The message came through to the Manatee County Tourism Development Council from Herb Hiller: Places that pay attention to ‘place’ authenticity will prosper.
Apparently marketing of Anna Maria Island as the true “old Florida-style” destination is working.
Hiller, who has organized bicycle tours and a five-county trail system to benefit rural economies in north Florida, will team with Caroline McKeon of Florida Journeys Communications to present a two-day Sustainable Authentic Florida conference in October. It will include speakers ranging from urban planners, civic innovators, social and folk historians to marketing professionals.
McKeon said the idea came during a trip to the Island by Hiller a year ago as he worked on a book about areas having a “special sense of place.”
The conference will be held at the Island Players playhouse, 10009 Gulf Drive, Anna Maria.
The two-day conference is expected to draw 125 attendees, the maximum seating at the community theater, McKeon added.
The council voted unanimously to recommend the county commission allocate $25,000 to the Oct. 17-19 conference, but only after a lengthy discussion about conflicts of interest and Florida’s Sunshine Laws.
With a budget of $65,000, the conference will feature a tour of Pine Avenue, a boat ride in Sarasota Bay, meals on the Island, and six expert presenters on how to attract newcomers to communities by preserving historic places and employing green initiatives.
The conference also will include team leaders from four Florida places who will “show and tell” their livable, walkable towns, said Hiller.
The communities represented will be Franklin in Wakulla County, DeLand in Volusia County, Miami Beach and coastal Manatee.
The leaders from coastal Manatee are restaurateur Ed Chiles, developers and vacation accommodation owners Mike and Lizzie Vann Thrasher of Anna Maria, hotelier David Teitelbaum of Anna Maria Island Resorts, Charlie Hunsicker, director of the Manatee County Natural Resources Department and Karen Bell of A.P. Bell and Star Fish companies in Cortez.
Hiller mentioned how coastal Manatee exemplifies sustainable authenticity with its low-rise structures and measures that have kept the beaches open.
TDC members Chiles and Teitelbaum advised the council they’d been involved in conference planning discussions and looked to the county attorney for advice as to possible conflicts to vote on the conference.
“I want to first say I’ve had involvement since its nexus,” Chiles, owner of Sandbar, MarVista and Beachhouse restaurants, told the council.
“It’s critical we have the right kind (of people) who want to respect the character and integrity of the Island. I don’t want to see people who are looking for short-term economic gain,” Chiles said, adding this conference would help the Island attract the right people.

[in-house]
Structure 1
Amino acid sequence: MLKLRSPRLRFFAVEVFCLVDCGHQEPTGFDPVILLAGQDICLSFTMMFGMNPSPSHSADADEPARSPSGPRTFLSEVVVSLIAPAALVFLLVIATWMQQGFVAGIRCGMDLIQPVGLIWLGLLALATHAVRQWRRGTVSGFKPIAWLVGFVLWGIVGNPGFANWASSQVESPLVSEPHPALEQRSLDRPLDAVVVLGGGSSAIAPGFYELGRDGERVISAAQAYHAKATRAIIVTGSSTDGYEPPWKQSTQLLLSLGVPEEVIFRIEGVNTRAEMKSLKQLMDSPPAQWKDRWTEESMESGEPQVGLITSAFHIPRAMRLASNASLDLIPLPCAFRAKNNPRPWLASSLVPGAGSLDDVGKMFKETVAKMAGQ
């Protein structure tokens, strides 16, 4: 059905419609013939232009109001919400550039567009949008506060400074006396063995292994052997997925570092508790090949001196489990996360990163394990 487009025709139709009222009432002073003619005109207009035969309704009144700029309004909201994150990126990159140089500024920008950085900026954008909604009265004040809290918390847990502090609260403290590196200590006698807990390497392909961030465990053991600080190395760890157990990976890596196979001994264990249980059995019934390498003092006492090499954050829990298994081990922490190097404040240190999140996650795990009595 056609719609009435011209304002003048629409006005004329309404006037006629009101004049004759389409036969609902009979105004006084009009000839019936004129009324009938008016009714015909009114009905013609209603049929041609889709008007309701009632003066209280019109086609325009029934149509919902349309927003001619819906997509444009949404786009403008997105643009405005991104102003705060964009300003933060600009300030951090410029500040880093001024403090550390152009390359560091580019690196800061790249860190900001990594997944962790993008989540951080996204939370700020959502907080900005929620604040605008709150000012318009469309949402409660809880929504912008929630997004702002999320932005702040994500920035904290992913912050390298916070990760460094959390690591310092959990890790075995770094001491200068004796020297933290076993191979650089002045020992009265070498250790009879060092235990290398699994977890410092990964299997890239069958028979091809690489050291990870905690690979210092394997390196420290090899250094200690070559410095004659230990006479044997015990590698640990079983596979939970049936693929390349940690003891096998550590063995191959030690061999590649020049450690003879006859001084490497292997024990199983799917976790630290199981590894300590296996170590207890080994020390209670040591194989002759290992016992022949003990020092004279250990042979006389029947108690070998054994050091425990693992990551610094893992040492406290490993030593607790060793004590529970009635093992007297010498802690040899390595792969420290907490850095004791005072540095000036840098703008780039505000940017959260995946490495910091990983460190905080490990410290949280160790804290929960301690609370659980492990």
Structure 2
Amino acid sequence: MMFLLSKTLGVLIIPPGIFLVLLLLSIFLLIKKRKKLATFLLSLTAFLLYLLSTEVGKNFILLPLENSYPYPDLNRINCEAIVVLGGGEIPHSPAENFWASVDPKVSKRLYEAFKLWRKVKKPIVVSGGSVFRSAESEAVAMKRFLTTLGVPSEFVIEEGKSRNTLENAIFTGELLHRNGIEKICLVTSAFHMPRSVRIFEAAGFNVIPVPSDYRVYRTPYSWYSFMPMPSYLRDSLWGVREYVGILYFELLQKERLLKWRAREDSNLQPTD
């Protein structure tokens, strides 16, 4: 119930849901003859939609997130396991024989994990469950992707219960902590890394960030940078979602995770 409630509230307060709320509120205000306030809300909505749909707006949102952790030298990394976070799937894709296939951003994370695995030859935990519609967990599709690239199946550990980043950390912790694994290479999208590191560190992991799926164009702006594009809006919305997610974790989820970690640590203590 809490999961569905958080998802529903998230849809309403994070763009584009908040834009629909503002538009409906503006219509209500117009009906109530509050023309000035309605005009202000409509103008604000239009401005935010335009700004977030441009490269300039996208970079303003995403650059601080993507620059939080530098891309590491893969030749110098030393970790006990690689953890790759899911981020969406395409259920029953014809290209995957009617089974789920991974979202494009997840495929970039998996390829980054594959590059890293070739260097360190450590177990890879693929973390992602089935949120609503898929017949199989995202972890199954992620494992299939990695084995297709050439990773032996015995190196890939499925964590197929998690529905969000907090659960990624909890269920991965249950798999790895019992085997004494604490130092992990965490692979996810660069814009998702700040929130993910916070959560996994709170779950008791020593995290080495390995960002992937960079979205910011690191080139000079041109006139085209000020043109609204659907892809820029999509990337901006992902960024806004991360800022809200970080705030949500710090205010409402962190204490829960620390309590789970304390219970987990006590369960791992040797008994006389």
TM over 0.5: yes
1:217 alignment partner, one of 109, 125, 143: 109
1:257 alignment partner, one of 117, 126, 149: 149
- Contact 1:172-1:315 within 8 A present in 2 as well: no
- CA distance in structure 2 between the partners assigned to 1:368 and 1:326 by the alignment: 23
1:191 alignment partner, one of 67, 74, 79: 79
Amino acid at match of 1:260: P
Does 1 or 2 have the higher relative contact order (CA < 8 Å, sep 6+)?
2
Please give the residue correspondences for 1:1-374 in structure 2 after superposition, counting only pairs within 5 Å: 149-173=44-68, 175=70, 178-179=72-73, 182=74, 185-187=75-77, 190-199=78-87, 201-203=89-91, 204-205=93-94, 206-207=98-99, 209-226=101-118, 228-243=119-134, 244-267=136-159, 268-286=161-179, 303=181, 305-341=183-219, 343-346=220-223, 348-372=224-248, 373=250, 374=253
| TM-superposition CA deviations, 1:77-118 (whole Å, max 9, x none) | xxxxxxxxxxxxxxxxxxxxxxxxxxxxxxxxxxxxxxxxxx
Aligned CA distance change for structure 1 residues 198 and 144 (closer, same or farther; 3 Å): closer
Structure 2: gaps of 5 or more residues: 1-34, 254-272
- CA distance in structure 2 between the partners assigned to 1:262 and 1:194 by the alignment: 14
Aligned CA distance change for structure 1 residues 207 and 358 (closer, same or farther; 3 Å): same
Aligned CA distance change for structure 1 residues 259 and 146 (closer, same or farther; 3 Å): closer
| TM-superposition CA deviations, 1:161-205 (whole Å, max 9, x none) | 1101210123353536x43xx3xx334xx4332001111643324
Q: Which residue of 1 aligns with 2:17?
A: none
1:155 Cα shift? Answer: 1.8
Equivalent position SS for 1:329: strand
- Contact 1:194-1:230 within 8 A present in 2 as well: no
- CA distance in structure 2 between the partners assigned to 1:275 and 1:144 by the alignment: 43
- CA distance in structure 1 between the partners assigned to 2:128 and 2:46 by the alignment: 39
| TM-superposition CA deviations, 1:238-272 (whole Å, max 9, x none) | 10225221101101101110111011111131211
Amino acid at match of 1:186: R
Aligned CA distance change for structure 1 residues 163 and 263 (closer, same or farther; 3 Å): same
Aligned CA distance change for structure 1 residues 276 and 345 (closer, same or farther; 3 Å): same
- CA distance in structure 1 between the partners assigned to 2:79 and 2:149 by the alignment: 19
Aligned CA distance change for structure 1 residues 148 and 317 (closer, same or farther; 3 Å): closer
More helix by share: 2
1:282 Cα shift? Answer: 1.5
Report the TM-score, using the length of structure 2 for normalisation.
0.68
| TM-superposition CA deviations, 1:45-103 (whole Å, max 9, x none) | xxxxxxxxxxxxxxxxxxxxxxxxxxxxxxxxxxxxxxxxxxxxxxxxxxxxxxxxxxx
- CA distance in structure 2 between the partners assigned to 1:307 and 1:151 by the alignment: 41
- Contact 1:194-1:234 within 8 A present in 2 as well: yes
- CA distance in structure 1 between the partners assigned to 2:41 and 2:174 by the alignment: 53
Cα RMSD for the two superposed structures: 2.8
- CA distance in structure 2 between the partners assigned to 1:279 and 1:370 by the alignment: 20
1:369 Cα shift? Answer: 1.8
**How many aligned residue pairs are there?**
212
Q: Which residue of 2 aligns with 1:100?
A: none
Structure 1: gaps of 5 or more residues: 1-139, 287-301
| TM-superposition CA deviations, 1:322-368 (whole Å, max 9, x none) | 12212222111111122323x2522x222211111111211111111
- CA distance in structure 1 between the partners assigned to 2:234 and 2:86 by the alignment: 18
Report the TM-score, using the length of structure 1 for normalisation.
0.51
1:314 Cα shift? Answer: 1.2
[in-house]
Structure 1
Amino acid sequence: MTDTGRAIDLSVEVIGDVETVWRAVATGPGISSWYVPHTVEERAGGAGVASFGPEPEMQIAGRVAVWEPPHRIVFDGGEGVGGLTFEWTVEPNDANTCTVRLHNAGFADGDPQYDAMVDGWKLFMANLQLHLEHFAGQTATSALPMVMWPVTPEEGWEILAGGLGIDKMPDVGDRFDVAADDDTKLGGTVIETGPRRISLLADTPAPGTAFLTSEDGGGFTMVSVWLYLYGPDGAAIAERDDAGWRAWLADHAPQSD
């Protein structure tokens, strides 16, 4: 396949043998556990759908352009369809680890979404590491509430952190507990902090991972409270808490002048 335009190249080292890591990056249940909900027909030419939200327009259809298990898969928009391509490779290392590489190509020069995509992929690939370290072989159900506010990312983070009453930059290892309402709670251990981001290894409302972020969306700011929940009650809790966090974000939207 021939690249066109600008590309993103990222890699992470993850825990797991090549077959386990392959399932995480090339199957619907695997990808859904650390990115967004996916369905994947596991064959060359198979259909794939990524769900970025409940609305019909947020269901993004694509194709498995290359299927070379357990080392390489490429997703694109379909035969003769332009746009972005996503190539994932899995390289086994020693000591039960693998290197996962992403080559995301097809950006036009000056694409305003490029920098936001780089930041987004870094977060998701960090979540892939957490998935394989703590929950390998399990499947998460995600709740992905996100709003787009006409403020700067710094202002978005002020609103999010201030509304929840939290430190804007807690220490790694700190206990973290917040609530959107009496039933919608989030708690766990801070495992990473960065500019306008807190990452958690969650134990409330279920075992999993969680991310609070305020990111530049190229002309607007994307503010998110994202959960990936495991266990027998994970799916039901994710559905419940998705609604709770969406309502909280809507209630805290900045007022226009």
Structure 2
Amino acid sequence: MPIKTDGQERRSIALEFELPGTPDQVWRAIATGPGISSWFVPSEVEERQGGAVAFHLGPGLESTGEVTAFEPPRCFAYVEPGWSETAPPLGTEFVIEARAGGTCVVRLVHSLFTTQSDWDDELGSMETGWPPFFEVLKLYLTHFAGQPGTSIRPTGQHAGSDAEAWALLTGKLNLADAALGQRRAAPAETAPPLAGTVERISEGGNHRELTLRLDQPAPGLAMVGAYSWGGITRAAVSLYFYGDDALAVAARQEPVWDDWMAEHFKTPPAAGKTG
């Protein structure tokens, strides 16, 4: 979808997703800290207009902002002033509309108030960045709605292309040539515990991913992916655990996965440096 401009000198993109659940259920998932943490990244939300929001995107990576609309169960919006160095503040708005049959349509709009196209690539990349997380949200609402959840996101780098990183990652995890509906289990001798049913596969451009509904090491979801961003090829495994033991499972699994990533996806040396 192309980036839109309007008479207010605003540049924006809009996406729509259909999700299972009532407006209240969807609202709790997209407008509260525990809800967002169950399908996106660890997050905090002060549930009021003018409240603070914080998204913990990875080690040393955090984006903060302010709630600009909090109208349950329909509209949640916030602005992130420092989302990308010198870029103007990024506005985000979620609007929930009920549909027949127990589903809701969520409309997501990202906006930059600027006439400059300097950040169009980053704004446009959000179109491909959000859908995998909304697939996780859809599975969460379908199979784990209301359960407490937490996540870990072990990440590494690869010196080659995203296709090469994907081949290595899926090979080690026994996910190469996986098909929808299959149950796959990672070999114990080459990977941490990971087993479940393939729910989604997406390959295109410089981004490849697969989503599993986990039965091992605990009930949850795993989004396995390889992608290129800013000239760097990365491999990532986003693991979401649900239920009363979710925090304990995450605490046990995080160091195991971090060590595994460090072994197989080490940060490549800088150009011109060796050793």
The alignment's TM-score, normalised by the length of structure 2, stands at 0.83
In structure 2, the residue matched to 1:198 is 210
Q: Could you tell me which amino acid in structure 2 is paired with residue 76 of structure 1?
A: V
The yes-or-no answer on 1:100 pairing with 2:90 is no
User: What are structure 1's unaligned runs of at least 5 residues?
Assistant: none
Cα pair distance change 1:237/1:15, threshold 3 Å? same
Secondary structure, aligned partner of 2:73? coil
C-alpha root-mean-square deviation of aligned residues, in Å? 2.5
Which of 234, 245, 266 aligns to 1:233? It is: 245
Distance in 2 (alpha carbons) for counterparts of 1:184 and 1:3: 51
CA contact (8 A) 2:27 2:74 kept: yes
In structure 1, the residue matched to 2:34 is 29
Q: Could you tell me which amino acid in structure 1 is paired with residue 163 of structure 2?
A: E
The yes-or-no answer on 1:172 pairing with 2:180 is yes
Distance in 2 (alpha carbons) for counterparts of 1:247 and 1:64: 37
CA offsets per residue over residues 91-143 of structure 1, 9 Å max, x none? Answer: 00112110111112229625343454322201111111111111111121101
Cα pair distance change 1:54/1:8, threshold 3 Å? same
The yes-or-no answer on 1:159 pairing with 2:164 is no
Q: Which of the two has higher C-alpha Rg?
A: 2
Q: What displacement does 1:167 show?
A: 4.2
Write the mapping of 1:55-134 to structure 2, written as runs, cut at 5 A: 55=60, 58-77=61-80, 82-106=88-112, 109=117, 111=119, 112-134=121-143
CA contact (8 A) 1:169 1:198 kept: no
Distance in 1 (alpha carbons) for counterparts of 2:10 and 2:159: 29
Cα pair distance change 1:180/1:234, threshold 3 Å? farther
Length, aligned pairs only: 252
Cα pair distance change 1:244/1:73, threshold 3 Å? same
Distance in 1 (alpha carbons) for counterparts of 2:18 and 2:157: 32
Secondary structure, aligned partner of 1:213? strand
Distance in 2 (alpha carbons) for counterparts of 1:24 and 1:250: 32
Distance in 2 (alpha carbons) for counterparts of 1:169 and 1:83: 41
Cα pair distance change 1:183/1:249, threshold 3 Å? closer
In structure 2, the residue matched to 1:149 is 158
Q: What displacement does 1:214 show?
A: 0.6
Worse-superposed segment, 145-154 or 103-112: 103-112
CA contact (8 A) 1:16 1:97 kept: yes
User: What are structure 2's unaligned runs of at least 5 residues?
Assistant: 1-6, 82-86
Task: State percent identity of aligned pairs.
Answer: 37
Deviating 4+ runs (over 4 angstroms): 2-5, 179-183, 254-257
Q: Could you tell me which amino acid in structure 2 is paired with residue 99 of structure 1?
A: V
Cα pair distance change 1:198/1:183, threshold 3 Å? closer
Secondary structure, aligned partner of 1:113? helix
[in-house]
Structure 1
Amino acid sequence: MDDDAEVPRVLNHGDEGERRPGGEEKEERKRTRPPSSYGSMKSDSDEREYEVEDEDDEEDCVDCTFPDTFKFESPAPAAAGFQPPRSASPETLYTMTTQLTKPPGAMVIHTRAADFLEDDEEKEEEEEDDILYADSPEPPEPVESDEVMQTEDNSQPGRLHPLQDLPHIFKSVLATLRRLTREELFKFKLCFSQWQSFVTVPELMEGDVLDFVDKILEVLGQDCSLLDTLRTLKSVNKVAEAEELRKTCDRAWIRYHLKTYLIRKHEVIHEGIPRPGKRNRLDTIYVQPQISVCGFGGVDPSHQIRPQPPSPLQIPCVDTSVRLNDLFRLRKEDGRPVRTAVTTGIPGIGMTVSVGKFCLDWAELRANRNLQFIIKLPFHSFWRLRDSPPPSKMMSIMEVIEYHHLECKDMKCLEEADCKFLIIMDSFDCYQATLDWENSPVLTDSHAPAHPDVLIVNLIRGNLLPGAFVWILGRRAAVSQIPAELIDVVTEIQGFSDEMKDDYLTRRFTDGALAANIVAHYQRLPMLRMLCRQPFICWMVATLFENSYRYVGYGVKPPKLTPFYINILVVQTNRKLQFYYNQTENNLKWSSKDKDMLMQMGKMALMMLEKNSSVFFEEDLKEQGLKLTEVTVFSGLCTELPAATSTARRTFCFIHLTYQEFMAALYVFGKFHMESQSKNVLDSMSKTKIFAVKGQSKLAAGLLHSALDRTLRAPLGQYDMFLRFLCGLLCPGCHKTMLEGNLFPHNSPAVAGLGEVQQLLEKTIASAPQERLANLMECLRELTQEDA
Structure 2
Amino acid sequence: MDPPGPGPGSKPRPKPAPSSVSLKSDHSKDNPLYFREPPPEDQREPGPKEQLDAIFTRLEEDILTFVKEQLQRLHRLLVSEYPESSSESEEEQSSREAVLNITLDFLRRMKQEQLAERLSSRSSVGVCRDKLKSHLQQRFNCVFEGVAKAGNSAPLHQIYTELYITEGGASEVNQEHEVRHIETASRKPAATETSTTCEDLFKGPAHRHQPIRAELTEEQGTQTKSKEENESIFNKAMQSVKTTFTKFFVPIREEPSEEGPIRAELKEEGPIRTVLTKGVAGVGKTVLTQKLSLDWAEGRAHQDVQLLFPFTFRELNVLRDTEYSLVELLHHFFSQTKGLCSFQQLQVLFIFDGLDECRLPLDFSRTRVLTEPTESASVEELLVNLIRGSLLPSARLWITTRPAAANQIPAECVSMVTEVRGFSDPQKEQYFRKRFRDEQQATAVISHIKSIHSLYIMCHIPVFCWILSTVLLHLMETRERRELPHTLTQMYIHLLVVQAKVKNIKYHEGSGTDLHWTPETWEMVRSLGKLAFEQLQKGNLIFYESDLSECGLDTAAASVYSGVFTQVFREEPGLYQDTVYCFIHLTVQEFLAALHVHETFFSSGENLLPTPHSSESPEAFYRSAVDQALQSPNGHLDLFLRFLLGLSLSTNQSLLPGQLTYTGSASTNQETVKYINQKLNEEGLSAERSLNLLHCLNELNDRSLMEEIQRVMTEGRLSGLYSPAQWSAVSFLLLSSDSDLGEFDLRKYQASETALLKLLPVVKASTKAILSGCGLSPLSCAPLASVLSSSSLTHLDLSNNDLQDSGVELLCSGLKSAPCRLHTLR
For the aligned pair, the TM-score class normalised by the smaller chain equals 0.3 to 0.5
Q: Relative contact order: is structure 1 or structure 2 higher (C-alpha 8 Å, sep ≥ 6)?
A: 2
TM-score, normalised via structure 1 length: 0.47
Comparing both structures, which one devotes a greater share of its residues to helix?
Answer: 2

Conference planning discussions also included Teitelbaum, president of Anna Maria Island Resorts, including the Old Bridge Village and Tortuga Inn, Tradewinds and SeaSide Inn motels in Bradenton Beach.
Teitelbaum agreed with Chiles’ assessment of Island tourism.
“A few reckless developers are causing problems” for the Island, he said. He supported the conference for the eco-tourism, diversity of ideas and national recognition it would bring to the Island, but said he would abstain from voting if necessary.
Chiles said his restaurants will be donating food, and McKeon said Tortuga Inn has offered to give conference-goers discount hotel rates.
As to the Sunshine Laws prohibiting members of government bodies from certain discussions outside of properly noticed meetings, county attorney Jim Minix said any Sunshine Law violation due to Teitelbaum’s and Chiles’ ex-parte discussions was corrected by the public airing at the meeting. Minix also recommended they not abstain from the vote based on their statements.
“They assured me there was no private gain or loss,” Minix said, and if their “interest is the same as any other citizen” or “speculative,” they are “required to vote.”
The TDC is a nine-member board that makes recommendations to the county regarding the BACVB budget and use of the 5 percent tourist development tax revenue, also known as the bed tax, collected on short-term rentals — properties rented for six months or less.
The latest monthly figures from the BACVB indicate a total of $1,046,580 in bed tax dollars were collected in February, nearly $190,000 more than February 2011. In the 2011-12 fiscal year, $6,971, 236 in resort tax was collected, $590,018 more than in 2010-11.
And with six months reported so far in the 2011-12 fiscal year, October through January, the tax has brought in $569,629 more than collected during the same period last year.